Investing in Political Tech Matters. Here’s Why.
Last Tuesday, voters in Florida took to the polls in one of the last primary elections before the November midterms. In a surprising upset, Tallahassee Mayor Andrew Gillum inched past North Florida Congresswoman Gwen Graham to clinch the Democratic nomination for Governor. Except Change Research, an HGL-backed polling firm, wasn’t surprised at all - they had predicted Gillum would win with 33 percent of the vote, making them the only pollster to predict his victory.
Change Research took on a risky challenge in politics. They saw that our current system for polling is flawed. Campaigns having been paying more money for less accurate insights and predictions as it's become difficult to survey the population quickly on landlines. So they decided to do it differently - relying on digital channels to poll people, an approach that is faster and far more affordable. And while the Florida race is an early test for November, their results in New Jersey, Virginia, and Montana have shown their new approach to be consistently accurate.
If Democrats want to run campaigns that effectively reach Americans in today’s world, we need to invest in fast, nimble, affordable, and accurate tech tools like Change Research. Over the past two years, Democrats have been forced to come to terms with a stark realization – we are losing our competitive edge in political technology. For years, we have backed a broken innovation cycle that has made it difficult to adopt new technology across the Party. As a result, Republicans have started to catch up. Over the past six years, Republicans have made big investments that allow their campaigns to understand voters, reach them through digital channels and move public opinion more effectively. We founded Higher Ground Labs in 2017 to help progressives maintain a competitive advantage and win elections with better tech tools up and down the ballot.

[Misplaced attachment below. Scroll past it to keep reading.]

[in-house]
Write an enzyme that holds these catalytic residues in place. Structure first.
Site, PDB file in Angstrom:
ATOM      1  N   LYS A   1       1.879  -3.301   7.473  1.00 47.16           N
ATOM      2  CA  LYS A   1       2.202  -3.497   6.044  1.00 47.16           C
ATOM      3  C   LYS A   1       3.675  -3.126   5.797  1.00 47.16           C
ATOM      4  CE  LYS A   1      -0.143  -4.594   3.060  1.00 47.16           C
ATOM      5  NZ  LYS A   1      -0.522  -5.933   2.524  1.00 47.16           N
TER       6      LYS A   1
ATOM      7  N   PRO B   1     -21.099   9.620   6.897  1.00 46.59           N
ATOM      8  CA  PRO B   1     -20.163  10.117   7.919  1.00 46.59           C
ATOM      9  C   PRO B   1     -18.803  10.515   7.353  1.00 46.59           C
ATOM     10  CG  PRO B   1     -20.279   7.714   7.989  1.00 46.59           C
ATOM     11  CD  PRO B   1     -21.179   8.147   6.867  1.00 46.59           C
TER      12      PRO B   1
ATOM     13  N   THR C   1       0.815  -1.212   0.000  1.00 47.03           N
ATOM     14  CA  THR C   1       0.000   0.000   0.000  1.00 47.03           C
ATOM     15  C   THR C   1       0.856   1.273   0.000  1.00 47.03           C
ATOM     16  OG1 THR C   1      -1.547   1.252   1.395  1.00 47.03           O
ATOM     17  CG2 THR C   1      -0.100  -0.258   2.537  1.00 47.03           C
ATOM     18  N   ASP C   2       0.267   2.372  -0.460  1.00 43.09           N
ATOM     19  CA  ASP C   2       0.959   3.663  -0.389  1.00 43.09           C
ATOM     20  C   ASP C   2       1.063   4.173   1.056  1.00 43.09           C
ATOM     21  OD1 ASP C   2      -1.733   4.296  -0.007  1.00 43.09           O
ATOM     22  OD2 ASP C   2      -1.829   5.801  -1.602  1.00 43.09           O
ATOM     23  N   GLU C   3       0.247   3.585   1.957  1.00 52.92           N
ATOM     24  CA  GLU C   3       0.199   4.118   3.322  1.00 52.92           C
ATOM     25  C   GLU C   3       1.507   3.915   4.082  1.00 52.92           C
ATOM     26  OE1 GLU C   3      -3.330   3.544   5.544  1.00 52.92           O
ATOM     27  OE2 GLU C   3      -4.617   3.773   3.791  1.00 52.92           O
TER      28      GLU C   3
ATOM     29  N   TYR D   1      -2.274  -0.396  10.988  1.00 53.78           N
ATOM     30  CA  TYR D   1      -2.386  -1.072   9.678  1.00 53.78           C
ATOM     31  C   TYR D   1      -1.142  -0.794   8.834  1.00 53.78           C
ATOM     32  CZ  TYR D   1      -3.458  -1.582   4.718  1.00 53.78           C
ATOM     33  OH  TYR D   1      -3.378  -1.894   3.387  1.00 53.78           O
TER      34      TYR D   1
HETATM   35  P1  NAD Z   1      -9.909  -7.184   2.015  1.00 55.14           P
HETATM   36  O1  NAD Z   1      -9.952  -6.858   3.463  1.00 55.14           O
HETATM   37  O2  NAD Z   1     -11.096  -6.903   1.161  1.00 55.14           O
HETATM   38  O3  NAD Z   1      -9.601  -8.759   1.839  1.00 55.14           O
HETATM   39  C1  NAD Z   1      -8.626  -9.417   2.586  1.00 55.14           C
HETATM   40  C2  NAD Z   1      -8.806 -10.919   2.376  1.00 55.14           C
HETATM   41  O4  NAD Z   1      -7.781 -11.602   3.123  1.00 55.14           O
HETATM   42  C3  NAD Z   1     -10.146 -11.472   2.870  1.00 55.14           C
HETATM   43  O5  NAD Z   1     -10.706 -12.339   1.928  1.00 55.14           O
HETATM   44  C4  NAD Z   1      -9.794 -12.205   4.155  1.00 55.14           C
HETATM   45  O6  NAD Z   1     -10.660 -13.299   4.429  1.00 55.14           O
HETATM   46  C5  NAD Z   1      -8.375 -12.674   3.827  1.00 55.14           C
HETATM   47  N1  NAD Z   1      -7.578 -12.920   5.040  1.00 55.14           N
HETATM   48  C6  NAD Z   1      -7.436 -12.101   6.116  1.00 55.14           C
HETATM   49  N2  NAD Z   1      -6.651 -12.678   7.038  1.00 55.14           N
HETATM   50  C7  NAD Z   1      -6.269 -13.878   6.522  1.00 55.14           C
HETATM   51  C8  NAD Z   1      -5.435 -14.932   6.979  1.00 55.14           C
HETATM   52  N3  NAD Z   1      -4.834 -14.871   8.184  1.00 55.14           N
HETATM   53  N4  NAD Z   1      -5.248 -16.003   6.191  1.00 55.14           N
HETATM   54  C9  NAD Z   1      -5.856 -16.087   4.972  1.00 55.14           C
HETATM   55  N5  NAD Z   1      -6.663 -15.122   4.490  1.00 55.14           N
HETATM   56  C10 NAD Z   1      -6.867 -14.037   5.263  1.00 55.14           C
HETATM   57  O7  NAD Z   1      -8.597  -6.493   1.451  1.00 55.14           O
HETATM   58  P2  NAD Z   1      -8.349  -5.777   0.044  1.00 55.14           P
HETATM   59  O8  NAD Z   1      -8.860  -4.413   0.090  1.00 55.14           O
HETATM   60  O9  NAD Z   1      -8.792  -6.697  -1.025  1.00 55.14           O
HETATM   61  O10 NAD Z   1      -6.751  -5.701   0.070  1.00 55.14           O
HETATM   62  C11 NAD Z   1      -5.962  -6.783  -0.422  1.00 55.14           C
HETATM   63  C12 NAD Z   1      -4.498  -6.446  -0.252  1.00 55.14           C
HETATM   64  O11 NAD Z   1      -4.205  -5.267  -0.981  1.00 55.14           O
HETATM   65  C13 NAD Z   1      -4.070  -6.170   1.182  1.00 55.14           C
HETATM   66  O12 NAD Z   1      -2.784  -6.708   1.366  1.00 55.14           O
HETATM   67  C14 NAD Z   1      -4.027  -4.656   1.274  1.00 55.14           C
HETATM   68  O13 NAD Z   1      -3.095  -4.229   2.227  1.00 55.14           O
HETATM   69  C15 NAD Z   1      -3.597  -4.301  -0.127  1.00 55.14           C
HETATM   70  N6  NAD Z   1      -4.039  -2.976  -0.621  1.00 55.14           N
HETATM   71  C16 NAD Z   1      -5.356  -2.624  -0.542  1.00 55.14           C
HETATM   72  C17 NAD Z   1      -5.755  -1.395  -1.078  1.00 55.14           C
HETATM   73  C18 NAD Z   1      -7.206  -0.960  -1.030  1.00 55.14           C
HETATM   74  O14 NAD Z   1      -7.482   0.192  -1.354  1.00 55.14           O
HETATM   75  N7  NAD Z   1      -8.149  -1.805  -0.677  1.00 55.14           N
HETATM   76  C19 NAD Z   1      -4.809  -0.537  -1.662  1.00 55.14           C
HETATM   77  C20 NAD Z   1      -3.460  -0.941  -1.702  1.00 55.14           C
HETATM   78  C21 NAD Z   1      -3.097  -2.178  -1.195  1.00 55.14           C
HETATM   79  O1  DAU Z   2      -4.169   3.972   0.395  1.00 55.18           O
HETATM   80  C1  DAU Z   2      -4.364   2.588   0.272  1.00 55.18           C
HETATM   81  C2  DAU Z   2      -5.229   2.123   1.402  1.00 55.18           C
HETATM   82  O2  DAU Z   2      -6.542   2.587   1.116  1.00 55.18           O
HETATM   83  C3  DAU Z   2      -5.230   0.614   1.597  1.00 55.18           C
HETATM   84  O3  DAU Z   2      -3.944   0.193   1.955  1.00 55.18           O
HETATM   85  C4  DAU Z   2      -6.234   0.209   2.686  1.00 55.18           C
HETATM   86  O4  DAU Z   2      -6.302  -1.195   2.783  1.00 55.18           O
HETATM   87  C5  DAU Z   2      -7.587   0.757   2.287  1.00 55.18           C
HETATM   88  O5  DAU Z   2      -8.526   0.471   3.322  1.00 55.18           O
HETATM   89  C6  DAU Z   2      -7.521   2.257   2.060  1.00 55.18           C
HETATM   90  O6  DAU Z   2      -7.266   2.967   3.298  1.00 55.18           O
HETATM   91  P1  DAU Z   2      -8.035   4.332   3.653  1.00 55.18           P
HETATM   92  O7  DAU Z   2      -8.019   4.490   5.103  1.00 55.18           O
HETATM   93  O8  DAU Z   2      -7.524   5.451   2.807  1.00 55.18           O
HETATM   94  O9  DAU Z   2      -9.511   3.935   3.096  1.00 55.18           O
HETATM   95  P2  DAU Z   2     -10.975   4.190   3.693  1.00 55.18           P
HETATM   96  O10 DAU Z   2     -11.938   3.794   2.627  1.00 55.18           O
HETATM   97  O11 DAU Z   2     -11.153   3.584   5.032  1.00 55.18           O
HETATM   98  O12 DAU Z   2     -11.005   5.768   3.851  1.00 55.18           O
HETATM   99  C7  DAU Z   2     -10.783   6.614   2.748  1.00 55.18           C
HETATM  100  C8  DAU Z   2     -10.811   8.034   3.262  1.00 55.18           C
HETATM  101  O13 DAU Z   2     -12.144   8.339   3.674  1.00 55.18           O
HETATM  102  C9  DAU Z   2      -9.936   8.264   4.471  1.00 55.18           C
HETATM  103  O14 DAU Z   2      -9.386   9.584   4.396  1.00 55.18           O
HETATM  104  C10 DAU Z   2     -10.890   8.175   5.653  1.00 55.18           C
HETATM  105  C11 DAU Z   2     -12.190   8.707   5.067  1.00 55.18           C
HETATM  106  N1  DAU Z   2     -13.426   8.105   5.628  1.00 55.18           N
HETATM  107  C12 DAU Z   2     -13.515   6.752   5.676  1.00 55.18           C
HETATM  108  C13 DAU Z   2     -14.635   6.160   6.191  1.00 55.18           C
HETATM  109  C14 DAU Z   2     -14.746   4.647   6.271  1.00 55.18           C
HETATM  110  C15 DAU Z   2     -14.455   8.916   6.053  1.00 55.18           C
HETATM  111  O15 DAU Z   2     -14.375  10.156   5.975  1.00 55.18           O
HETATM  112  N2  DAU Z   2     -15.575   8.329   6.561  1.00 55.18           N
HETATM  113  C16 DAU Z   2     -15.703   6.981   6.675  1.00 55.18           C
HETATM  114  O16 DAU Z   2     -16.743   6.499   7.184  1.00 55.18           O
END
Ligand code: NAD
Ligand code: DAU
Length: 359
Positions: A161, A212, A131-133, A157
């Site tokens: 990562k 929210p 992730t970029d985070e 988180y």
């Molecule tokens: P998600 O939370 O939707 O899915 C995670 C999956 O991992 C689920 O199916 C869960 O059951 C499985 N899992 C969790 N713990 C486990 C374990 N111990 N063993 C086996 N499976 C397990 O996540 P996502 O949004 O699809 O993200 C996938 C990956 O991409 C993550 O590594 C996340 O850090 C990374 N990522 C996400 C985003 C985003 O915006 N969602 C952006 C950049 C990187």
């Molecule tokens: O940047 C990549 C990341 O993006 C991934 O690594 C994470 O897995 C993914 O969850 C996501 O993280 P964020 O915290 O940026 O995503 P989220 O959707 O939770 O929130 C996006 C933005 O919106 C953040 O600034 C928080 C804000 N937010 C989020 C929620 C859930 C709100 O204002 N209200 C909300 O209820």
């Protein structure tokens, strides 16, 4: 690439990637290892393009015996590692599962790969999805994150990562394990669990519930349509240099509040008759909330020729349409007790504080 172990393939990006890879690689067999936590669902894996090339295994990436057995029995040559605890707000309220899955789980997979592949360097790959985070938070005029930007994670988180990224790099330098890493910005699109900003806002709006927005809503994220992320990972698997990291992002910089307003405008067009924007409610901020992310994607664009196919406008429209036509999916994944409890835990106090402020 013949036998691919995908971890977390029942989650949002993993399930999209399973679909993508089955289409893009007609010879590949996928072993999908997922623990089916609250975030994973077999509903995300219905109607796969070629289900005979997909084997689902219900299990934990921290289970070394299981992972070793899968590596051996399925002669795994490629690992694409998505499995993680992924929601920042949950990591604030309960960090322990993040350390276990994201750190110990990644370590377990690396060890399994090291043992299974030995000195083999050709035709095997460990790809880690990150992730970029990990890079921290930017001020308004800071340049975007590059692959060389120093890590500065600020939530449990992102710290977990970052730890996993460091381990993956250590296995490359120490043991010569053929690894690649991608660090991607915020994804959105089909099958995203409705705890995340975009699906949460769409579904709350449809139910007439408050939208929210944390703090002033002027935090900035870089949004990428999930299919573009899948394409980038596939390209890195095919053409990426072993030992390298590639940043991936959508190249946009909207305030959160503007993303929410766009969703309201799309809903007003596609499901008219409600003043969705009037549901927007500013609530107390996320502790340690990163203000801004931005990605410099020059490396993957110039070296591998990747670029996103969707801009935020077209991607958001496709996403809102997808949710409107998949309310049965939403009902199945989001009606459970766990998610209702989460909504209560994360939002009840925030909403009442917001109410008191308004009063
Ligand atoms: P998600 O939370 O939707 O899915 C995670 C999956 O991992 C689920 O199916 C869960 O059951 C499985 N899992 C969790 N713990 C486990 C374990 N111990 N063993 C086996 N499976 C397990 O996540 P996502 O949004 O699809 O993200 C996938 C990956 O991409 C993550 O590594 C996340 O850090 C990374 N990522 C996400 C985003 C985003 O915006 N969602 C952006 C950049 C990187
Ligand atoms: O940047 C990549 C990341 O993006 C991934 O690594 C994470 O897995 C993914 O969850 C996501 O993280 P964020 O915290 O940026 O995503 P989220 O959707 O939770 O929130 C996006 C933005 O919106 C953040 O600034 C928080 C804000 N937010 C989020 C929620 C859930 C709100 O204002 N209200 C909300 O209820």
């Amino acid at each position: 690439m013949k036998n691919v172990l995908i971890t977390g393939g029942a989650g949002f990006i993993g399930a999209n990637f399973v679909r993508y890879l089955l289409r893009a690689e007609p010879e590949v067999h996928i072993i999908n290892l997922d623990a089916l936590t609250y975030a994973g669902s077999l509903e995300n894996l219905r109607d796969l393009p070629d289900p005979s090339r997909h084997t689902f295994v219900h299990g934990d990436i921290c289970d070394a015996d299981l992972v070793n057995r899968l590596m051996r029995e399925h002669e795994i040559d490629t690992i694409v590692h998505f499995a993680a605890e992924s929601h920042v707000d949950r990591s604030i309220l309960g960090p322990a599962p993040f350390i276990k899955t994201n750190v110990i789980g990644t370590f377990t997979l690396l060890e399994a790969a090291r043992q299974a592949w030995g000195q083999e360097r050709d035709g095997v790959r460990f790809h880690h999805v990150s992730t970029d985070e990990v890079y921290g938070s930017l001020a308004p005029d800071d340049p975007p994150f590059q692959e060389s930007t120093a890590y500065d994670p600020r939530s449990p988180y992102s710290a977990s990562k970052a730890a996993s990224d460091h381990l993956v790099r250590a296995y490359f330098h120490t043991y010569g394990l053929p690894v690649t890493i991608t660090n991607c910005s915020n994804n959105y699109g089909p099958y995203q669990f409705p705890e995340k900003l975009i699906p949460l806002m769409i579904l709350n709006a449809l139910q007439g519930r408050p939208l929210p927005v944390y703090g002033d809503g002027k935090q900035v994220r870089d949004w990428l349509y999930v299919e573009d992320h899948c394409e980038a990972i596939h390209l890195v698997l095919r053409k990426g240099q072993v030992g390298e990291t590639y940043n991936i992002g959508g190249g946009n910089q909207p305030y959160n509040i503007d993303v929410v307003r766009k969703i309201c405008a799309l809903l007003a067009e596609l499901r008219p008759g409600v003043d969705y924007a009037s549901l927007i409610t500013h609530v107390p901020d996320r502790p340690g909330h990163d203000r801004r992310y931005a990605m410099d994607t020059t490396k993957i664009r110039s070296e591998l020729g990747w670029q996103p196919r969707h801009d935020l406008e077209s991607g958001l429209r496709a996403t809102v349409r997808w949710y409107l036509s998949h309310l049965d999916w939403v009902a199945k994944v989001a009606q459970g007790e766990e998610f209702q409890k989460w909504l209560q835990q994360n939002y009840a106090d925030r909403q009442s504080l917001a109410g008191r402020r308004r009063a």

Political tech is specifically the tools and platforms used to engage people in the electoral process - voters, activists, and influencers. Campaigns and organizations rely on political technology to run more effective programs. This could focus on registering voters, raising the profile of a candidate, fundraising, or campaign operations. This is different from civic tech and government tech - two related but parallel verticals. While we see the three as related, they are distinct in the primary audience and the problems they address. GovTech improves operational efficiencies within federal, state, and local government. Candidates might use govtech tools once they are elected, but these are less useful during the campaigning process. Civic tech helps citizens better engage with their communities and interact with these state and local governments. Political tech is a third player in the space that is the newest and the most specific to a moment in time for candidates and voters.
Democrats have a chance to change the narrative by investing our time and money in better political tech right now for Elections in years to come. This fall, Progressives are already testing new tech tools like Change Research on campaigns across the country, with focuses on revolutionizing volunteer recruitment and management and building relational organizing tools, among others. If Florida’s primary is any indication of the innovation, disruption and success to come, the future of Democratic tech is looking bright.